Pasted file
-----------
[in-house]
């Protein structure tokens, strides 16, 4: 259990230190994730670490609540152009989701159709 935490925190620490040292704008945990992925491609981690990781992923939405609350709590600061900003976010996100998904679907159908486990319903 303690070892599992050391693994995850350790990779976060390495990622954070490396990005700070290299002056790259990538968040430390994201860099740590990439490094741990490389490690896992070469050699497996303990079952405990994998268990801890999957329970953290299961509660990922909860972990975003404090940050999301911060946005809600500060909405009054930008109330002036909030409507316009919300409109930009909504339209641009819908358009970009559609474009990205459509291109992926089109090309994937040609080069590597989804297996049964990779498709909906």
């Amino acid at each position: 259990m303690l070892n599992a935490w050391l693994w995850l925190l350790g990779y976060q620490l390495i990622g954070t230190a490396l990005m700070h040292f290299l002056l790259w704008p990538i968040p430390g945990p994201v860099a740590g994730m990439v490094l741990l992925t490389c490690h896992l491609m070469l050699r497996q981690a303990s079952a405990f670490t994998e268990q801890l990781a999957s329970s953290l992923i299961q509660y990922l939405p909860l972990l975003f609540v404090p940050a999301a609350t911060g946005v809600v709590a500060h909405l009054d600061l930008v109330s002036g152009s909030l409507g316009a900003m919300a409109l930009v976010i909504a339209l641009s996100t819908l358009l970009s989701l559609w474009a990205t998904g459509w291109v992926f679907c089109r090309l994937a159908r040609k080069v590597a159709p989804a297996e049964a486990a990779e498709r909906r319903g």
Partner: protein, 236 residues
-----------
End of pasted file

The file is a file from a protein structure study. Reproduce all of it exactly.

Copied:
[in-house]
């Protein structure tokens, strides 16, 4: 259990230190994730670490609540152009989701159709 935490925190620490040292704008945990992925491609981690990781992923939405609350709590600061900003976010996100998904679907159908486990319903 303690070892599992050391693994995850350790990779976060390495990622954070490396990005700070290299002056790259990538968040430390994201860099740590990439490094741990490389490690896992070469050699497996303990079952405990994998268990801890999957329970953290299961509660990922909860972990975003404090940050999301911060946005809600500060909405009054930008109330002036909030409507316009919300409109930009909504339209641009819908358009970009559609474009990205459509291109992926089109090309994937040609080069590597989804297996049964990779498709909906």
């Amino acid at each position: 259990m303690l070892n599992a935490w050391l693994w995850l925190l350790g990779y976060q620490l390495i990622g954070t230190a490396l990005m700070h040292f290299l002056l790259w704008p990538i968040p430390g945990p994201v860099a740590g994730m990439v490094l741990l992925t490389c490690h896992l491609m070469l050699r497996q981690a303990s079952a405990f670490t994998e268990q801890l990781a999957s329970s953290l992923i299961q509660y990922l939405p909860l972990l975003f609540v404090p940050a999301a609350t911060g946005v809600v709590a500060h909405l009054d600061l930008v109330s002036g152009s909030l409507g316009a900003m919300a409109l930009v976010i909504a339209l641009s996100t819908l358009l970009s989701l559609w474009a990205t998904g459509w291109v992926f679907c089109r090309l994937a159908r040609k080069v590597a159709p989804a297996e049964a486990a990779e498709r909906r319903g």
Partner: protein, 236 residues